Latino USA, the foremost Latino voice in public media and the longest running Latino-focused program on radio, is the first radio program to commence equal-access distribution via Captioning for Radio. “Research has shown that Latino children have a higher incidence of hearing loss and deafness than other populations,” according to Latino USA’s Anchor & Executive Producer Maria Hinojosa. “When the opportunity to break this sound barrier came to our attention, we were pleased to embrace this new technology developed by NPR Labs and Towson University for the thousands of Latinos with serious hearing loss.”

The International Center for Accessible Radio Technology (ICART), a strategic alliance between NPR and Towson University, is co-directed by Mike Starling of NPR and Ellyn Sheffield of Towson University.

For each week’s captioning, check back on http://latinousa.org/captions.

Big Screen Crossover: Eugenio Derbez

Conventional wisdom says that Spanish-language movies don’t do well in the United States. But Mexican actor Eugenio Derbez set his sights north of the border, and his movie “Instructions Not Included” had the biggest opening weekend a Spanish-language movie has ever had. He joins Latino USA to talk about his crossover project.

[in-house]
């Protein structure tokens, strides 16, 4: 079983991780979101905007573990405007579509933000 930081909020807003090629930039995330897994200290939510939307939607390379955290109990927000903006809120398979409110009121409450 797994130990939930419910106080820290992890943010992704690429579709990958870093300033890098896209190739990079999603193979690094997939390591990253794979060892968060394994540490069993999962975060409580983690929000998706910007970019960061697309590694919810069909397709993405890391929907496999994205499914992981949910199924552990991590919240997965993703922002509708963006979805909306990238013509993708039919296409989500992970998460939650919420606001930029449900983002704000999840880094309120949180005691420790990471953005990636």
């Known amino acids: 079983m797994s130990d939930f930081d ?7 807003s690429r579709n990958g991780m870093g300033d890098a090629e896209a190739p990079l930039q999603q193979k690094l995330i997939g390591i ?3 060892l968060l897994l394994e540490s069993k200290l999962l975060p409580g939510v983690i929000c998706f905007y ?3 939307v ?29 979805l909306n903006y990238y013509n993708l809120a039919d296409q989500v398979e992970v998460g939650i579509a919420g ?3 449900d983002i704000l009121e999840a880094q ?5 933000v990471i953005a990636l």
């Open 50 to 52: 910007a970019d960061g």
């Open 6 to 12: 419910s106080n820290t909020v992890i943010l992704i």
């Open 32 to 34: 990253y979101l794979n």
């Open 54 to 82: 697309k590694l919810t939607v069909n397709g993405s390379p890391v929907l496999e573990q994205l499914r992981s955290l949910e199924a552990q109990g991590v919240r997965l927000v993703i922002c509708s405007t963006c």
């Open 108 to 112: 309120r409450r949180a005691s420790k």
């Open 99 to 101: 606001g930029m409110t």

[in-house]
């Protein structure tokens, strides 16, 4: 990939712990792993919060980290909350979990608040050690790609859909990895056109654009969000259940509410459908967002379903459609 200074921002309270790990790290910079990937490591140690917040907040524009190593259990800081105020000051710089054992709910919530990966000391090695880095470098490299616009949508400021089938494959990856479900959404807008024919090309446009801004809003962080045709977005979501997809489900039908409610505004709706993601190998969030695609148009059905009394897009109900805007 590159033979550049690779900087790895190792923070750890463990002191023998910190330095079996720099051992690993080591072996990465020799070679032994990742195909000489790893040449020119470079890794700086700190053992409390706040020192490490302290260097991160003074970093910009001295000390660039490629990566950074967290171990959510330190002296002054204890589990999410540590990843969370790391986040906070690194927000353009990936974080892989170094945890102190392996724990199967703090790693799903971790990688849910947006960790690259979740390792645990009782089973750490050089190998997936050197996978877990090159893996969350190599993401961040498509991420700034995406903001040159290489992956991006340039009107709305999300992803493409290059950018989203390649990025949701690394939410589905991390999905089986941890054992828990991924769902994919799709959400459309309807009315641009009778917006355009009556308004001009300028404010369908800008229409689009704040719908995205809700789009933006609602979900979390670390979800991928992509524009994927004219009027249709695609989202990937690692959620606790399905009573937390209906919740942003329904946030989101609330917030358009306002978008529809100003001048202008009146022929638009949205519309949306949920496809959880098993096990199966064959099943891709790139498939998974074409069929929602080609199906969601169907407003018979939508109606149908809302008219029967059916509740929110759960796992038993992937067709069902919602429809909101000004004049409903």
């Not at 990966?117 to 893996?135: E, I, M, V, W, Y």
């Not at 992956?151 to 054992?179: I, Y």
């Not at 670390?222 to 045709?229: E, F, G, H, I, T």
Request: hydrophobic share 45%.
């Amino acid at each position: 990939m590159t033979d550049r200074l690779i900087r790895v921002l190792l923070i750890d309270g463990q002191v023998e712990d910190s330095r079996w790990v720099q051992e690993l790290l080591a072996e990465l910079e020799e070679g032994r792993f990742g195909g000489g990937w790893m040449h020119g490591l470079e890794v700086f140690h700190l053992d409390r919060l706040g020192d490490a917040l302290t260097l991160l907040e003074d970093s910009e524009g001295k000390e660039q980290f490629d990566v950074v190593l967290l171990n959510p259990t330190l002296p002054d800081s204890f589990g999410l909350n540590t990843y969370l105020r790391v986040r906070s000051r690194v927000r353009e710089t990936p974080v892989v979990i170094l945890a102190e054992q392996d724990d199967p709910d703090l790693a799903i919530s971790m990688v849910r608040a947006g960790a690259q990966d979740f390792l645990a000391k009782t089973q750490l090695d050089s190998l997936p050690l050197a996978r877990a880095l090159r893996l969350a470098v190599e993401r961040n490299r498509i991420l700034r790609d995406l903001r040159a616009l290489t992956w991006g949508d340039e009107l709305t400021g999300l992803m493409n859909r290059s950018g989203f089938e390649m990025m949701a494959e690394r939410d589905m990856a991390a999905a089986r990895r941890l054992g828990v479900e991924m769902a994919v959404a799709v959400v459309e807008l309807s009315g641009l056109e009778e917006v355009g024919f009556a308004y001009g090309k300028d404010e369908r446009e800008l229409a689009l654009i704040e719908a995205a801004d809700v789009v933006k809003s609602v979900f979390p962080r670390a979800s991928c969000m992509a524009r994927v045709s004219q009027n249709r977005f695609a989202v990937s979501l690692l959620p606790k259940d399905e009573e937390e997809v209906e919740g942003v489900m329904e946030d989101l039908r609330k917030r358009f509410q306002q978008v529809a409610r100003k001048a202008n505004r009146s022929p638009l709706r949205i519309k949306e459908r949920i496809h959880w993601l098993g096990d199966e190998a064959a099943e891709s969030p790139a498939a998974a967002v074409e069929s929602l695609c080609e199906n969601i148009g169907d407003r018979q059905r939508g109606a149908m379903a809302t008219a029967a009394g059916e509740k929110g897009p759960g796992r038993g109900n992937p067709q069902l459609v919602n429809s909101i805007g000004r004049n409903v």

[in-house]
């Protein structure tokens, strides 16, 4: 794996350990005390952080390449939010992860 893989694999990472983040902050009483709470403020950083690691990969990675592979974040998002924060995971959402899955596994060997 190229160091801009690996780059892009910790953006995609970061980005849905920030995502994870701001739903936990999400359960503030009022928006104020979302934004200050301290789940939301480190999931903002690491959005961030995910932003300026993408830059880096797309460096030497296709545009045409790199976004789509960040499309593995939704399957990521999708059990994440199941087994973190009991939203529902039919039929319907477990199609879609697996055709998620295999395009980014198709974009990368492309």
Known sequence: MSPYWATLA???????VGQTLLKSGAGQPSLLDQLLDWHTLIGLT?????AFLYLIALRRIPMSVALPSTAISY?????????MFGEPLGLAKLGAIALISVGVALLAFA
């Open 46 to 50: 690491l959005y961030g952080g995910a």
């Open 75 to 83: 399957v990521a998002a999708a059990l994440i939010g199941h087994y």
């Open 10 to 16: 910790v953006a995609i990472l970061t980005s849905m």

Photo courtesy Pantelion Films

B3Eugenio_headshot_wikicommonsEugenio Derbez is arguably the most popular Mexican comedic actor of his generation. Due to his incredible ability to transform himself into any character, and to his extensive career in television, film and theatre, Much of his popularity is due to his television programs Al Derecho y al Derbez, XH-DRBZ, Vecinos, La Alegría del Hogar and La Familia P. Luche, which have had many of the highest audience ratings.In recent years, his outstanding career and his enormous ability as an actor have paved his way into the American film industry, allowing him to work alongside renowned actors such as Adam Sandler, Katie Holmes and Al Pacino, among others.

“Instructions Not Included” is his cinematic directorial debut.

 

 

 

This Week’s Captions: LATINA ARTISTS

THIS WEEK’S SHOW:

In our final archive special for the month of August, we hear from three Latinas about their lives and creativity. Actress Salma Hayek talks to Maria Hinojosa about playing artist Frida Kahlo. Actress Rosie Perez discusses her Brooklyn roots and rise to fame. And we hear from Julieta Venegas about her influences and early career. Finally, a piece from 1993 asks that perpetual question: how do you identify yourself?

ABOUT CAPTIONING:

Latino USA, the foremost Latino voice in public media and the longest running Latino-focused program on radio, is the first radio program to commence equal-access distribution via Captioning for Radio. “Research has shown that Latino children have a higher incidence of hearing loss and deafness than other populations,” according to Latino USA’s Anchor & Executive Producer Maria Hinojosa. “When the opportunity to break this sound barrier came to our attention, we were pleased to embrace this new technology developed by NPR Labs and Towson University for the thousands of Latinos with serious hearing loss.”